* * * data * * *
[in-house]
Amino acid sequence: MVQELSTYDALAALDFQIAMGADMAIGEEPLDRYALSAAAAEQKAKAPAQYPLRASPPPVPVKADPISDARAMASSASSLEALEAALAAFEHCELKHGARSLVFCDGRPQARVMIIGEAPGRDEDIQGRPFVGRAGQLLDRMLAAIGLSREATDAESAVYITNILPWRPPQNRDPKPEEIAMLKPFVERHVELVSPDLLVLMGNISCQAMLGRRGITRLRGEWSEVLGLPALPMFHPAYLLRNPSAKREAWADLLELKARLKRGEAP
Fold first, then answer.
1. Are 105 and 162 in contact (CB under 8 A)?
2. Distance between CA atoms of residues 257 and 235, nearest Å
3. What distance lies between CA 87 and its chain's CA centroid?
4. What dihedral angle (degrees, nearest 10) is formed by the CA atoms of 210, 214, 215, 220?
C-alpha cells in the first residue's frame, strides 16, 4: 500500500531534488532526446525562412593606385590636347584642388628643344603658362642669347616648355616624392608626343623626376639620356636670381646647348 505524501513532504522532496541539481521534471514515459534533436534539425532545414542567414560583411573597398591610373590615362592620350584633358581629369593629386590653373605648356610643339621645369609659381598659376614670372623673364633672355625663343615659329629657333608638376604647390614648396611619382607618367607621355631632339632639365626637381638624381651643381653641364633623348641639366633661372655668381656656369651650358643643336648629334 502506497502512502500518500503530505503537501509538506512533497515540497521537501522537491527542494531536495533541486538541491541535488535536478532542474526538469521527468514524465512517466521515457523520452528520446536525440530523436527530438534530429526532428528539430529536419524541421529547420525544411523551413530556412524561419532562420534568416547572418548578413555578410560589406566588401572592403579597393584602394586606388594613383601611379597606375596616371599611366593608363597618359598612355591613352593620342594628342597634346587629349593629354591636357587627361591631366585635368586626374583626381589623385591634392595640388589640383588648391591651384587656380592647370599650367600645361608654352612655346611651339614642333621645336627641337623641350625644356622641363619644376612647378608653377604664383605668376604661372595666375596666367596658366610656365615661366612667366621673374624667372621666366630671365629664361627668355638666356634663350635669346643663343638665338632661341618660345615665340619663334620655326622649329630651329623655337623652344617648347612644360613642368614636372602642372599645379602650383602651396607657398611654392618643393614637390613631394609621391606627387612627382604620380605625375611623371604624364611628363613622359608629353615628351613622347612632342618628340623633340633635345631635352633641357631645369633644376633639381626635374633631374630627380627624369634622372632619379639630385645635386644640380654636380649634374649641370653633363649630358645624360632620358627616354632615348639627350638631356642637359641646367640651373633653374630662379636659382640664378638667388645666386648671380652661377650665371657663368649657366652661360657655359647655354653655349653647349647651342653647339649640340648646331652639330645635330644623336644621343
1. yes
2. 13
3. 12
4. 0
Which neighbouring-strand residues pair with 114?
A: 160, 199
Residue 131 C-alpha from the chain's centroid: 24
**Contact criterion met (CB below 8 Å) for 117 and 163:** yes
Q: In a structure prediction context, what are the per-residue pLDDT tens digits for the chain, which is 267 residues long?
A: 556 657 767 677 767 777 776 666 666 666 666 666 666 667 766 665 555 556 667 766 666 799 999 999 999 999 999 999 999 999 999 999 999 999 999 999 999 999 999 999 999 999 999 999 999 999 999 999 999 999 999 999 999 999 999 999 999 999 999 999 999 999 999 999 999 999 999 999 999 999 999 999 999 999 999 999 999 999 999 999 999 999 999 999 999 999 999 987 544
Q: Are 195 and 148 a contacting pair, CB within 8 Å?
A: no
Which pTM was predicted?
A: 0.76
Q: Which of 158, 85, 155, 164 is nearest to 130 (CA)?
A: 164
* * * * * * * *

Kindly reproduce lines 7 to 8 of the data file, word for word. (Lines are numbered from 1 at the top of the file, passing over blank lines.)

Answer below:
4. What dihedral angle (degrees, nearest 10) is formed by the CA atoms of 210, 214, 215, 220?
C-alpha cells in the first residue's frame, strides 16, 4: 500500500531534488532526446525562412593606385590636347584642388628643344603658362642669347616648355616624392608626343623626376639620356636670381646647348 505524501513532504522532496541539481521534471514515459534533436534539425532545414542567414560583411573597398591610373590615362592620350584633358581629369593629386590653373605648356610643339621645369609659381598659376614670372623673364633672355625663343615659329629657333608638376604647390614648396611619382607618367607621355631632339632639365626637381638624381651643381653641364633623348641639366633661372655668381656656369651650358643643336648629334 502506497502512502500518500503530505503537501509538506512533497515540497521537501522537491527542494531536495533541486538541491541535488535536478532542474526538469521527468514524465512517466521515457523520452528520446536525440530523436527530438534530429526532428528539430529536419524541421529547420525544411523551413530556412524561419532562420534568416547572418548578413555578410560589406566588401572592403579597393584602394586606388594613383601611379597606375596616371599611366593608363597618359598612355591613352593620342594628342597634346587629349593629354591636357587627361591631366585635368586626374583626381589623385591634392595640388589640383588648391591651384587656380592647370599650367600645361608654352612655346611651339614642333621645336627641337623641350625644356622641363619644376612647378608653377604664383605668376604661372595666375596666367596658366610656365615661366612667366621673374624667372621666366630671365629664361627668355638666356634663350635669346643663343638665338632661341618660345615665340619663334620655326622649329630651329623655337623652344617648347612644360613642368614636372602642372599645379602650383602651396607657398611654392618643393614637390613631394609621391606627387612627382604620380605625375611623371604624364611628363613622359608629353615628351613622347612632342618628340623633340633635345631635352633641357631645369633644376633639381626635374633631374630627380627624369634622372632619379639630385645635386644640380654636380649634374649641370653633363649630358645624360632620358627616354632615348639627350638631356642637359641646367640651373633653374630662379636659382640664378638667388645666386648671380652661377650665371657663368649657366652661360657655359647655354653655349653647349647651342653647339649640340648646331652639330645635330644623336644621343